If you were to rank vehicles that do what they’re told to do, the Toyota Hilux might be one of the top five greatest workhorses of all time. For 50 years, over eight generations, the Hilux has proved itself to be reliable, durable, yet modest about its achievements.
The Hilux was born in March 1968, as the replacement for two separate pickup model lines under Toyota’s corporate umbrella. Beneath it was the Hino Briska, a sedan-derived delivery truck from the early 1960s, and the Hilux also replaced the older Toyota Stout model originally dating from the manufacturer’s Toyopet days. Hino was bought out by Toyota right before the Hilux came to be, and from that point on it has only made trucks, including assembling Hiluxes.
Even as the second-generation Hilux of 1972 improved the truck, and introduced a two-liter engine, it’s the third-generation Hilux where the truck really hit its groove, offering four-wheel-drive for the first time. The ’78-introduced truck is even more recognizably “Hilux-like” viewed from the present day, but it’s also the point where the Hilux veered toward leisure use. An automatic transmission became available, too. In the U.S, the Hilux was known simply as the “Toyota Truck” from 1973 on.
In the early ’80s, Winnebago converted 1,500 trucks to wagon-like Trekker specification using fiberglass. These Toyota-approved builds preceded the ’84 first generation 4Runner, which Toyota based on the fourth generation Hilux. The 4Runner, also known as the Hilux Surf, was already a sport utility vehicle instead of a work truck, but it definitely showed its Hilux roots despite appealing to different buyers. The fourth generation Hilux also gained a V6 engine, but the iconic, customized “Marty McFly” truck from 1985’s “Back To The Future” film had the trusty 2.2 four-banger/five-speed combination.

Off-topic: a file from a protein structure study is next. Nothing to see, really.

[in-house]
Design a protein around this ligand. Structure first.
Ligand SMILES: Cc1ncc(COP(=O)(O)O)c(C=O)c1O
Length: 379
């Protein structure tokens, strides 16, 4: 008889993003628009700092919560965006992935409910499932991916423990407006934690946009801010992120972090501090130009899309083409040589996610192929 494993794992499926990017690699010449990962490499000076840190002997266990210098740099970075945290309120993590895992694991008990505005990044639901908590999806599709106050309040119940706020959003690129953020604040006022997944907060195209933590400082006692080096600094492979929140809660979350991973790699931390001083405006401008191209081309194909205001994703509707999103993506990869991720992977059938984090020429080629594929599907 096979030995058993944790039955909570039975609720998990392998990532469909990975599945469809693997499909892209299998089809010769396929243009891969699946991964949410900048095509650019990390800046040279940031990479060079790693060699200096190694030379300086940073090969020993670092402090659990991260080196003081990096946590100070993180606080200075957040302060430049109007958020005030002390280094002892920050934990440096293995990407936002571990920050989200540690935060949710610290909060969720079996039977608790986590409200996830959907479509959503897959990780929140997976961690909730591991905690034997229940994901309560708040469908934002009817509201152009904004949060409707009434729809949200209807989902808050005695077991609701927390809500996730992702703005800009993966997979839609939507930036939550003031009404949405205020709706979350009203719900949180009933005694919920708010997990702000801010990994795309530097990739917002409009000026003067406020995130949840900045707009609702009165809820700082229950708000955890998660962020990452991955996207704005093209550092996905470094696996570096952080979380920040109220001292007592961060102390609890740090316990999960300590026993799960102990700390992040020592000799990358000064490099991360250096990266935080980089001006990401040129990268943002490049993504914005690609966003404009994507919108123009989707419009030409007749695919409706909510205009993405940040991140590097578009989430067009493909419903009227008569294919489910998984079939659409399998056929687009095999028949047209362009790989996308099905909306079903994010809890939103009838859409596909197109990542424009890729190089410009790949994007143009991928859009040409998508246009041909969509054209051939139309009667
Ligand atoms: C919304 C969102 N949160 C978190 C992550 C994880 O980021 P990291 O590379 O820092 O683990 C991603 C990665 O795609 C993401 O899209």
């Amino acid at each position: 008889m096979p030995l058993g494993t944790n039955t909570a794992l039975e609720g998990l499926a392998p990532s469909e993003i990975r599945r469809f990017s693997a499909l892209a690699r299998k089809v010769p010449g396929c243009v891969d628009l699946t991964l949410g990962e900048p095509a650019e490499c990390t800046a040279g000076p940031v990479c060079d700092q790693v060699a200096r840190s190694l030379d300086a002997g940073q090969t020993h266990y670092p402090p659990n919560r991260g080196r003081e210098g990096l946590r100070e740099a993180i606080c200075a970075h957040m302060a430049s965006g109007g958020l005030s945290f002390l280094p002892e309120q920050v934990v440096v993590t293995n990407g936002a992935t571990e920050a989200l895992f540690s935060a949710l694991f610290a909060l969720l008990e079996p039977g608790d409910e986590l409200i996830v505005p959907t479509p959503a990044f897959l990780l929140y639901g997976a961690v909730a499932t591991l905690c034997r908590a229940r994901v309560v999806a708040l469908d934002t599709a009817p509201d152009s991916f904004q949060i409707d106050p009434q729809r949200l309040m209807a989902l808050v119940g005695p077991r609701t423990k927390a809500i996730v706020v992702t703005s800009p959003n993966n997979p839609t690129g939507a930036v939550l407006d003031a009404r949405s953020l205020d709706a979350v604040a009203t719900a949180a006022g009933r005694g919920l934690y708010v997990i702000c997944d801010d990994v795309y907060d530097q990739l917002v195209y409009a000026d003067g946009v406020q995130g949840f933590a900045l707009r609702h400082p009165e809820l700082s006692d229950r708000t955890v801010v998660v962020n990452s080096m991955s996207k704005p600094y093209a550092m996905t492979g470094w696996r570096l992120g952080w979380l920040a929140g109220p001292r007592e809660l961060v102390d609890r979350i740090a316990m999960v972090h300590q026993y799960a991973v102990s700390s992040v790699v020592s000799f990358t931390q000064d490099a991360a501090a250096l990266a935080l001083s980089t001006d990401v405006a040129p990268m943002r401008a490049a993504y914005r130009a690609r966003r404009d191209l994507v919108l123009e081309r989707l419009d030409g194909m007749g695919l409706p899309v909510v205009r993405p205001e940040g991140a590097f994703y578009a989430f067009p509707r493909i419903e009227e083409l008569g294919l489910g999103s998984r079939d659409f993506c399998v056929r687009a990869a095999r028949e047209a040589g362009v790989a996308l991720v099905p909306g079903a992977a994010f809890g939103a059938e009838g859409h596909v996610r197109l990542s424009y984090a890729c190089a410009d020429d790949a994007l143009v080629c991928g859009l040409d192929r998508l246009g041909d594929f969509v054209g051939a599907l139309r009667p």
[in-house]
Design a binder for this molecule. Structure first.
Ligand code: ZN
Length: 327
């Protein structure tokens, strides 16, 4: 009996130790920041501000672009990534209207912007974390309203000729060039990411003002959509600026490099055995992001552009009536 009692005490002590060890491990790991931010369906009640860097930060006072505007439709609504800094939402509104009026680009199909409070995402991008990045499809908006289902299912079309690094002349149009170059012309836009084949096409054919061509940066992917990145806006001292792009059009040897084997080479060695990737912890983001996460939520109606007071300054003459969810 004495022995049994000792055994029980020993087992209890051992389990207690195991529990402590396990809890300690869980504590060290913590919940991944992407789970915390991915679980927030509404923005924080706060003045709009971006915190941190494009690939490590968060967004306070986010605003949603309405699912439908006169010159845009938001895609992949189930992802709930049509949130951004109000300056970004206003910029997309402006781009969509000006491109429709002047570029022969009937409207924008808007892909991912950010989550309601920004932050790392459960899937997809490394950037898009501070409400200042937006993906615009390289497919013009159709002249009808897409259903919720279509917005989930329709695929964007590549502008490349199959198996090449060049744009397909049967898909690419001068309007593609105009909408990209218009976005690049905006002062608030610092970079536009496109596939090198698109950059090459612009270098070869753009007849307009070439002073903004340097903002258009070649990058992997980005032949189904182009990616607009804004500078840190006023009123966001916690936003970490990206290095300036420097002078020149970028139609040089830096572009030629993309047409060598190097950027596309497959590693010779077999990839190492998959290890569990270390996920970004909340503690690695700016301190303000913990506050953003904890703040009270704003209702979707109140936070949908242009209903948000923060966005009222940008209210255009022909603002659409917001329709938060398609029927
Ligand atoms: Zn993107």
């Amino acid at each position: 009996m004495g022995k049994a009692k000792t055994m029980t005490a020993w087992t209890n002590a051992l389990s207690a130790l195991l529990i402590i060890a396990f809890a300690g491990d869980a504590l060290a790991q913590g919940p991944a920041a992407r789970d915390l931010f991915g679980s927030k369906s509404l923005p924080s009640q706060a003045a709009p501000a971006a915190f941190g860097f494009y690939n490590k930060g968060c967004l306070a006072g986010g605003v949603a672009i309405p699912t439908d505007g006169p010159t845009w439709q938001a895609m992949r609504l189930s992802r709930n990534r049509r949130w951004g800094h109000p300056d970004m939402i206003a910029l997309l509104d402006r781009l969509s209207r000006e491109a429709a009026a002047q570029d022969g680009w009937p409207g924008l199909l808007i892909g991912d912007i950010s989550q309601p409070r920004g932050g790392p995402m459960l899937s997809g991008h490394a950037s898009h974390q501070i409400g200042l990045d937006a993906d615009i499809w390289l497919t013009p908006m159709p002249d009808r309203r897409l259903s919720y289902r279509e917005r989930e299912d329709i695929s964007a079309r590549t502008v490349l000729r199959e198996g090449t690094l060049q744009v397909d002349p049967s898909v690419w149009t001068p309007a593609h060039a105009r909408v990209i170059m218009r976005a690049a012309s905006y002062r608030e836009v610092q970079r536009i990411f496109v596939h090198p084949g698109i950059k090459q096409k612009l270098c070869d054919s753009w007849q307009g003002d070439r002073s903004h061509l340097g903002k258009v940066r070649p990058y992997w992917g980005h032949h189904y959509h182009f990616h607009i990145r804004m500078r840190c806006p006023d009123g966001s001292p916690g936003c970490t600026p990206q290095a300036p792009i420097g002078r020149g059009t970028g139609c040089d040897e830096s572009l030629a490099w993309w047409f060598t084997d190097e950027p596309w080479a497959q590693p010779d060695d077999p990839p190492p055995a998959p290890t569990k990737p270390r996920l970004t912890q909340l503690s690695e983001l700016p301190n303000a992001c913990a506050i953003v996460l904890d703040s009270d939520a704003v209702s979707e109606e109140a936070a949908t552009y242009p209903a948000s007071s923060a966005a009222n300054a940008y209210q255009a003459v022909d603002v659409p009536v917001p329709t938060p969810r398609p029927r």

The fifth generation, ironically the only onebuilt in the United States, was also the last generation to be sold in the U.S. From 1995 on, the truck was replaced on the U.S. market by the beefier Tacoma, whose first generation continued to be manufactured until 2004. Another interesting thing about the fifth generation Hilux is that it also gained a Volkswagen badge for select markets, and those were even built in Germany.
In late 1997, the Hilux moved into its sixth generation, which was the last one available in Japan; when production ceased in 2005, that was the end for the Japanese Hilux until late last year. The 2004-introduced seventh-generation truck was still designed in Japan, but built in South America, South Africa and South Asia. The same goes for the current, eighth generation, which has been on the market since 2015.
For many people all over the world, a beaten and bumpy, occasionally rusty Hilux is what keeps the daily grind rolling, no matter if they work on a farm or a mine north of the Arctic Circle. Despite its name, it’s never been about high luxury, rather about simply getting stuff done.